I was driving south on I-5, dressed in my purple and blue paisley hippie-dippy-flowy blouse and knee-high black boots that laced up to there when traffic slowed to a stop. Damn, I thought. I had places to be. The Showbox, specifically. Prince was in town, for cryin’ out loud, and I swore I could smell him from my little red Prius, stuck at a standstill on the Ship Canal Bridge. (Just for the record, I’ve always imagined Prince smelling of exotic musk and spice with just a hint of patchouli.)
My phone rang. It was my college kid. “Hey, I’m on my way to the Prince show!” I exclaimed. We share this deep love of music and live shows, my kids and I, so although the college kid retorted with some snarky comment about the price of my ticket being almost as much as a ticket to Coachella, I could tell he was excited for me. “Yeah, I’m just gonna get a good spot up in one of the bars,” I told him. “There’s good sight-lines to the stage from there.”
“WHAT? ARE YOU KIDDING ME?” he seemed to shout. “You pay that much money to see this artist you loved all your life and you’re gonna just go sit up in the bar somewhere? You’re nuts.”
It’s not the first time he’s told me this. The nuts part, I mean.
I mumbled something about being old and my feet maybe hurting and finally conceded he might have a point. “We’ll see,” I said. Traffic began moving again, so we said goodbye and hung up.
The line to the Showbox snaked around the corner but I felt pleased with my place in the queue. Once inside, I made a beeline to the bathroom and then the bar. “A double,” I ordered, knowing I would be nursing this one and only drink for the night. There was no way I would be relinquishing my spot in the crowd once I had hunkered down.
Hearing my college kid’s voice in my head, I stepped down from the bar onto the floor in front of the stage. Surprisingly, only a smattering of fans had assembled there. A single microphone, bathed in a beam of purple spotlight, stood not more than twenty feet from where I landed. Oh, holy hell, I thought, imagining Prince’s face at that microphone in such close proximity to mine. Barking dogs be damned. I wasn’t moving. This is why I do yoga. Strength and endurance to ensure I was eye-to-eye with The Purple One.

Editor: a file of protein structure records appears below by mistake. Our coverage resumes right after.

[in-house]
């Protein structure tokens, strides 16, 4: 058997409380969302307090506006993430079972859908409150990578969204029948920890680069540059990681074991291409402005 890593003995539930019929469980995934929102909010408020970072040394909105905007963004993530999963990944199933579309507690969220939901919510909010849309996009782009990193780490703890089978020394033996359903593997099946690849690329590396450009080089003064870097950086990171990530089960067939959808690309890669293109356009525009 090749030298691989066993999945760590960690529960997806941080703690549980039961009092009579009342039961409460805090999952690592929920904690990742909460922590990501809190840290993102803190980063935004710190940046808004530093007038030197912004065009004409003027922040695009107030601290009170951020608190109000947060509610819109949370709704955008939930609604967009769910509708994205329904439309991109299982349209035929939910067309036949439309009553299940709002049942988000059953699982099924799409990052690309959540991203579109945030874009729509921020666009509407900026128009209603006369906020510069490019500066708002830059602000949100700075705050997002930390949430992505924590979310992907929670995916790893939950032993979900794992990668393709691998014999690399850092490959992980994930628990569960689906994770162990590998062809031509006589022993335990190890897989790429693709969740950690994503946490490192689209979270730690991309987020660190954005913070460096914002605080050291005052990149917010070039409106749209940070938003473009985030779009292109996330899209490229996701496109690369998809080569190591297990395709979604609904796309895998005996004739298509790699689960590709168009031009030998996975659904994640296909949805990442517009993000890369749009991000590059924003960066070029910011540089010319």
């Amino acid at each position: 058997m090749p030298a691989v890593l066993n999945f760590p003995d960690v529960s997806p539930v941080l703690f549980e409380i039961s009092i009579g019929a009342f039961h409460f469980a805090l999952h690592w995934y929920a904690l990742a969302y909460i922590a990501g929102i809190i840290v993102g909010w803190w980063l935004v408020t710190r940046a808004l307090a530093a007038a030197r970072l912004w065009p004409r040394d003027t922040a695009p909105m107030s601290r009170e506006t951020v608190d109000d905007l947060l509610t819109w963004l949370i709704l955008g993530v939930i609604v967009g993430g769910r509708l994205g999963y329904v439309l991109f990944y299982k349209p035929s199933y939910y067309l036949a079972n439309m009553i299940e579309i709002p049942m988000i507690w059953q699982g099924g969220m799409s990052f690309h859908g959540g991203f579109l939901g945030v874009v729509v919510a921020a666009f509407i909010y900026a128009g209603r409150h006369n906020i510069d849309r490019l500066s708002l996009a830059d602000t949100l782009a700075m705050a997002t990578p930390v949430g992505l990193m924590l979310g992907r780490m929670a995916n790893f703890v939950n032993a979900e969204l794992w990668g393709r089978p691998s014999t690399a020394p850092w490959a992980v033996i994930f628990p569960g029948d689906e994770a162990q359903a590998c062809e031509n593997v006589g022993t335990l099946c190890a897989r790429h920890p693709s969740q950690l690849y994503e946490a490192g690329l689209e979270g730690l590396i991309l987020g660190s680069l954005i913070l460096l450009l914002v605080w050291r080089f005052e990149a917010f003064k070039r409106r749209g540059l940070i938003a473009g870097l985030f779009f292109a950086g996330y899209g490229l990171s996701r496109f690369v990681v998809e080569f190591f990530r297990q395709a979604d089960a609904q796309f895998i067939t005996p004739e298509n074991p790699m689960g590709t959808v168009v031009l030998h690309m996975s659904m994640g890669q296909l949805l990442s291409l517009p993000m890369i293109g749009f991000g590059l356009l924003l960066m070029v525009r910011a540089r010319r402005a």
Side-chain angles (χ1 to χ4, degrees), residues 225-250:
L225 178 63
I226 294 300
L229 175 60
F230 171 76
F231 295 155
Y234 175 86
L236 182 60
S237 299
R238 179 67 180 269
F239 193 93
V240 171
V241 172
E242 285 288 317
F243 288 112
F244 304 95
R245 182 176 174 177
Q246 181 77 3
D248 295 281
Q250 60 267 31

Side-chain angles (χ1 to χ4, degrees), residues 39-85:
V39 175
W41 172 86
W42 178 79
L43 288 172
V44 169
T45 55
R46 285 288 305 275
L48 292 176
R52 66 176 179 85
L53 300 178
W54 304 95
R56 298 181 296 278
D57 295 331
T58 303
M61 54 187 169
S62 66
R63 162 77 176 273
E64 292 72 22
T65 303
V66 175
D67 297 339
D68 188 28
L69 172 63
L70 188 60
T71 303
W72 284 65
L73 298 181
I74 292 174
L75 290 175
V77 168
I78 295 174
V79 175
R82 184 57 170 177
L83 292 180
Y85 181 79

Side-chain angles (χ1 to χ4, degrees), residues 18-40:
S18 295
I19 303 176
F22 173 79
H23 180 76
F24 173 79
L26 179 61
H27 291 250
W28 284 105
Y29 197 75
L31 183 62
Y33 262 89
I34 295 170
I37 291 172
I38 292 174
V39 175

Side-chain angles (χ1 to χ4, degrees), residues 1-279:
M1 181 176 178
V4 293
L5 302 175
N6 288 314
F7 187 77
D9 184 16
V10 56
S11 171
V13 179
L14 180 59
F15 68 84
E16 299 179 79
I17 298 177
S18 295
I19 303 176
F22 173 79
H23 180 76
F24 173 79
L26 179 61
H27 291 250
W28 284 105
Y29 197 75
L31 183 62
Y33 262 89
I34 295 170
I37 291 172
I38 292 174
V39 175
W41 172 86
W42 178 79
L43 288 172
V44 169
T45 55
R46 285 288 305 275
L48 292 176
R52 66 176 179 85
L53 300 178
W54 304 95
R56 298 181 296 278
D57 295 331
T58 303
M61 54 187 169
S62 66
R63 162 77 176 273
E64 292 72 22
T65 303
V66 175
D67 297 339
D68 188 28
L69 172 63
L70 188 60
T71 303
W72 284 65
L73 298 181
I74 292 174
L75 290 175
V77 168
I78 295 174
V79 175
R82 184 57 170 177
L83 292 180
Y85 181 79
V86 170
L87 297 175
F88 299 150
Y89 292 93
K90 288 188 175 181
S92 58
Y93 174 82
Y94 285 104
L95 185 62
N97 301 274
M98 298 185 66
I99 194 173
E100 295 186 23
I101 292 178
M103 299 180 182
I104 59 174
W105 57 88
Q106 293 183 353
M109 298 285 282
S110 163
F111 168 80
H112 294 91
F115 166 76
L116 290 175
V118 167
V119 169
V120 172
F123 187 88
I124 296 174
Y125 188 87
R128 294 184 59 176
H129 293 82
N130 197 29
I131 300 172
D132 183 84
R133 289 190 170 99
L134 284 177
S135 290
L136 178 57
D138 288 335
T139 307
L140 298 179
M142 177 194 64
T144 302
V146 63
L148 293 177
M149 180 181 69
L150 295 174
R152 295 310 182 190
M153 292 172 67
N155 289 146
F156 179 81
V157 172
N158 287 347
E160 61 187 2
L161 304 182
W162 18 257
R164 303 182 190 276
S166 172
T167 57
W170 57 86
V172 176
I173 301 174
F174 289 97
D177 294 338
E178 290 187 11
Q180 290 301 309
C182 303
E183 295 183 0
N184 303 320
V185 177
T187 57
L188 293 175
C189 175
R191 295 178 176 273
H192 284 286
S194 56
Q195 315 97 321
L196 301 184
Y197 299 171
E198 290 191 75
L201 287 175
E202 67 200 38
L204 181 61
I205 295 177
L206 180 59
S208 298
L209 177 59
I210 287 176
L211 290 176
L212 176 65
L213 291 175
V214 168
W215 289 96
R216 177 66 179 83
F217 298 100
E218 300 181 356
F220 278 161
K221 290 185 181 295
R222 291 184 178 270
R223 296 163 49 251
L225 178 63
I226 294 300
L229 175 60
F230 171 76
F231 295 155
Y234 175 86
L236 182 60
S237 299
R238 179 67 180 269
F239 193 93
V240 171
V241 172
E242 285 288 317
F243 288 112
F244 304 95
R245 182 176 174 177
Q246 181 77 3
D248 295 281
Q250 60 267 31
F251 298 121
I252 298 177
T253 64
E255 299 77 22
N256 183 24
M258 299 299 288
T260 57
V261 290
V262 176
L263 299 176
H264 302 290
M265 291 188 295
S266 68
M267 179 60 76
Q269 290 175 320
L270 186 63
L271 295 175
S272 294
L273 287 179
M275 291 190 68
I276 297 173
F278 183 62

I took a picture of the microphone onstage to send to my college kid, hoping he was proud that his mom had made a good choice.
A good choice, indeed. I wish I could adequately describe for you the majesty of that night. The power of Prince’s performance. And yes, the thrill of locking eyes with the man who had supplied the soundtrack to my life, decade after decade, as he sang and smirked and hip-swiveled his way through the electrifying set that night.
I would have paid a thousand dollars for that experience.
It was that kid of mine, no longer in college, who first texted me the news about a death at Paisley Park Studios yesterday morning. There was no other mention of it anywhere on the internet, but within a half an hour, Prince’s passing was confirmed.
I haven’t really cried yet. It hasn’t begun to sink in. All the tributes, the non-stop Prince playlists, the social media posts–they’re nice and all, but I can’t take it in like that. Not yet anyway. It feels personal and my grief needs a personal place in which to be processed. I’m not quite sure where or how, but maybe this–this writing, is a start.
The day after the show, I thanked my kid for reminding me of what was important. For the metaphorical bitch-slap he handed me in the middle of I-5 that afternoon. For the lesson that life is not meant to be lived sitting back in the bar, but instead, front and center to whatever it is that makes your toes curl.
As I wrote this, I searched for that photo I took–the one of the microphone bathed in a single purple spotlight, but couldn’t find it. I imagine it was out-of-focus and I had deleted it without giving it a second thought. But I did find this one–my knee-high boots that laced up to there from that extraordinary night three years ago.
The very ones that got me out of the bar and took me not more than twenty feet from the man who supplied the soundtrack to my life.